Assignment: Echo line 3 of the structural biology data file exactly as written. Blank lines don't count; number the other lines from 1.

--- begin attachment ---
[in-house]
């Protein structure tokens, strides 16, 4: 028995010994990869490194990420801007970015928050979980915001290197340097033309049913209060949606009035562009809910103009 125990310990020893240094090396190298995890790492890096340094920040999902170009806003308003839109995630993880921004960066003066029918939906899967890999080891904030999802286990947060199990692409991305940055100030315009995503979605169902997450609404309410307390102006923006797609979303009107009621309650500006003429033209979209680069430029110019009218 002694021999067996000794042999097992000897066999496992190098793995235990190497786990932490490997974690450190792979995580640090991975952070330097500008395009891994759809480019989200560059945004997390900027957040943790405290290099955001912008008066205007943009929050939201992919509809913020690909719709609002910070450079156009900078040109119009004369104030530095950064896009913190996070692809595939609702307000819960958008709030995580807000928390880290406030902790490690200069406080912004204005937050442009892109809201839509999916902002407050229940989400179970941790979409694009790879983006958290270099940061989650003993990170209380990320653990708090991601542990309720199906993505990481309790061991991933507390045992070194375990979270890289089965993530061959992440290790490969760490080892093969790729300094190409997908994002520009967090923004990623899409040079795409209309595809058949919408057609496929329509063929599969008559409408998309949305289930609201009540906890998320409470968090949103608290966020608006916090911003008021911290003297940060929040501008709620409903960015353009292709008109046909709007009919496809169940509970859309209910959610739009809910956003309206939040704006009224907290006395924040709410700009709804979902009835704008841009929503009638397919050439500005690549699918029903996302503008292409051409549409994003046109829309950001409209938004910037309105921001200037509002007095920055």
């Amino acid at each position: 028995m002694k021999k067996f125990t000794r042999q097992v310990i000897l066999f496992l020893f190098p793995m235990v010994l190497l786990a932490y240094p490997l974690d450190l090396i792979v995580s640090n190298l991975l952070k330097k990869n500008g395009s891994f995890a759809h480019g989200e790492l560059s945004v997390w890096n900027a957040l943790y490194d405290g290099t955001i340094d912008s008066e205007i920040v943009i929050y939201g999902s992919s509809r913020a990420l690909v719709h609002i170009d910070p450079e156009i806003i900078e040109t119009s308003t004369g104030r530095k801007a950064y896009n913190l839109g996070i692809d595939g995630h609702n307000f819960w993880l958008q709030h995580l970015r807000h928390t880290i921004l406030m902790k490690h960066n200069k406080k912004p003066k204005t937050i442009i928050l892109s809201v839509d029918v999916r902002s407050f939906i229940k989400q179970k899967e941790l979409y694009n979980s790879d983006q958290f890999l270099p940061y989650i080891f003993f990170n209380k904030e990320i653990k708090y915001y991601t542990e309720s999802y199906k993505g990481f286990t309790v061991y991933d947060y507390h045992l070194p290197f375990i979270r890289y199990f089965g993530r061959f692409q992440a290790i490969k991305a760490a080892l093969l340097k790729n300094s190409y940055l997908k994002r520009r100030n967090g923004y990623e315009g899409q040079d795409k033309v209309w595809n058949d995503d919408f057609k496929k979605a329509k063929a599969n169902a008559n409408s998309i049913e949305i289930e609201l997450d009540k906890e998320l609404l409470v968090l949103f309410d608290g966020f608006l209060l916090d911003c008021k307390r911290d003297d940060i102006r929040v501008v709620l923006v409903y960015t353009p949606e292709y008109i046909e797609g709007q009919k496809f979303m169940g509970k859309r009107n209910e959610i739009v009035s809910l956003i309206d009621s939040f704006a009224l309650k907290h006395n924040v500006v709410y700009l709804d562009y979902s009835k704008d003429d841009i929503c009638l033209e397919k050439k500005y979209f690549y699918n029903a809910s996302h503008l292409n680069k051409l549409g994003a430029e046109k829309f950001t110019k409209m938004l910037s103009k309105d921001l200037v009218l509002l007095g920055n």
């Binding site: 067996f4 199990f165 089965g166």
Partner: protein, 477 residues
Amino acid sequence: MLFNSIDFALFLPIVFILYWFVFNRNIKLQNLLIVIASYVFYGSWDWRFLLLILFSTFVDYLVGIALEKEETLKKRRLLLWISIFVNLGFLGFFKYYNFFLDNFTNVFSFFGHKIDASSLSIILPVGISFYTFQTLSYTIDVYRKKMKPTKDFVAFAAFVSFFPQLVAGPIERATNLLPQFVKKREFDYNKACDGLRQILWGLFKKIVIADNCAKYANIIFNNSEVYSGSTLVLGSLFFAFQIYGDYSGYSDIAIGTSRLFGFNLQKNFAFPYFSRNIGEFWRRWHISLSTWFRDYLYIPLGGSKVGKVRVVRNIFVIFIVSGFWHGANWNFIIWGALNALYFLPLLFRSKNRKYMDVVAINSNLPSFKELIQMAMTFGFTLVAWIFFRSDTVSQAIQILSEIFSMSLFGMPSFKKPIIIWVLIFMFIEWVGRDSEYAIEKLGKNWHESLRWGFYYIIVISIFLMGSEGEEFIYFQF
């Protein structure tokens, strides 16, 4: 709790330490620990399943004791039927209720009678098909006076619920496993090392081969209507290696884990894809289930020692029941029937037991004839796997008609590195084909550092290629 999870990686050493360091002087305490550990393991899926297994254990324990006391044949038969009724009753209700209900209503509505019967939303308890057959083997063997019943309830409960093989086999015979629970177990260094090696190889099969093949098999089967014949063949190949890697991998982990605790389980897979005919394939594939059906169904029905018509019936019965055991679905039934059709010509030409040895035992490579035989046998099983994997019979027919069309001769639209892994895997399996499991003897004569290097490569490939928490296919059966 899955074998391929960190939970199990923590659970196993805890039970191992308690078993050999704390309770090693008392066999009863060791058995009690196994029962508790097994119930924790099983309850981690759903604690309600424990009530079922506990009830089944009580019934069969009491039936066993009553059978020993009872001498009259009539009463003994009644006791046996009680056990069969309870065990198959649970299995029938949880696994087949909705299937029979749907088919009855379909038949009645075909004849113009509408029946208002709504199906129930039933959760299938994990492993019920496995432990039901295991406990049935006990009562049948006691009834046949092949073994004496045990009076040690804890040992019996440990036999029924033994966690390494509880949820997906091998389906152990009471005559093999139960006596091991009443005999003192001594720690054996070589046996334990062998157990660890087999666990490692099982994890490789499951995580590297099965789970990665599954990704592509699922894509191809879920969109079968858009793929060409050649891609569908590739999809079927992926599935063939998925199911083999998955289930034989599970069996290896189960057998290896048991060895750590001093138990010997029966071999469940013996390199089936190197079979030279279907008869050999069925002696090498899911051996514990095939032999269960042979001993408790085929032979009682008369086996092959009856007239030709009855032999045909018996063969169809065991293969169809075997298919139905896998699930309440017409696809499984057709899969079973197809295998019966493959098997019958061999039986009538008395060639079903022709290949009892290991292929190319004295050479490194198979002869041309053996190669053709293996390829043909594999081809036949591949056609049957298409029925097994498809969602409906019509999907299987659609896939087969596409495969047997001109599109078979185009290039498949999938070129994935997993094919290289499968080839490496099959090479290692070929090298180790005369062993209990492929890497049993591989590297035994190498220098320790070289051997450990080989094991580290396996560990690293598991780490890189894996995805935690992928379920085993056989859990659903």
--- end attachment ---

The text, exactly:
């Amino acid at each position: 028995m002694k021999k067996f125990t000794r042999q097992v310990i000897l066999f496992l020893f190098p793995m235990v010994l190497l786990a932490y240094p490997l974690d450190l090396i792979v995580s640090n190298l991975l952070k330097k990869n500008g395009s891994f995890a759809h480019g989200e790492l560059s945004v997390w890096n900027a957040l943790y490194d405290g290099t955001i340094d912008s008066e205007i920040v943009i929050y939201g999902s992919s509809r913020a990420l690909v719709h609002i170009d910070p450079e156009i806003i900078e040109t119009s308003t004369g104030r530095k801007a950064y896009n913190l839109g996070i692809d595939g995630h609702n307000f819960w993880l958008q709030h995580l970015r807000h928390t880290i921004l406030m902790k490690h960066n200069k406080k912004p003066k204005t937050i442009i928050l892109s809201v839509d029918v999916r902002s407050f939906i229940k989400q179970k899967e941790l979409y694009n979980s790879d983006q958290f890999l270099p940061y989650i080891f003993f990170n209380k904030e990320i653990k708090y915001y991601t542990e309720s999802y199906k993505g990481f286990t309790v061991y991933d947060y507390h045992l070194p290197f375990i979270r890289y199990f089965g993530r061959f692409q992440a290790i490969k991305a760490a080892l093969l340097k790729n300094s190409y940055l997908k994002r520009r100030n967090g923004y990623e315009g899409q040079d795409k033309v209309w595809n058949d995503d919408f057609k496929k979605a329509k063929a599969n169902a008559n409408s998309i049913e949305i289930e609201l997450d009540k906890e998320l609404l409470v968090l949103f309410d608290g966020f608006l209060l916090d911003c008021k307390r911290d003297d940060i102006r929040v501008v709620l923006v409903y960015t353009p949606e292709y008109i046909e797609g709007q009919k496809f979303m169940g509970k859309r009107n209910e959610i739009v009035s809910l956003i309206d009621s939040f704006a009224l309650k907290h006395n924040v500006v709410y700009l709804d562009y979902s009835k704008d003429d841009i929503c009638l033209e397919k050439k500005y979209f690549y699918n029903a809910s996302h503008l292409n680069k051409l549409g994003a430029e046109k829309f950001t110019k409209m938004l910037s103009k309105d921001l200037v009218l509002l007095g920055n």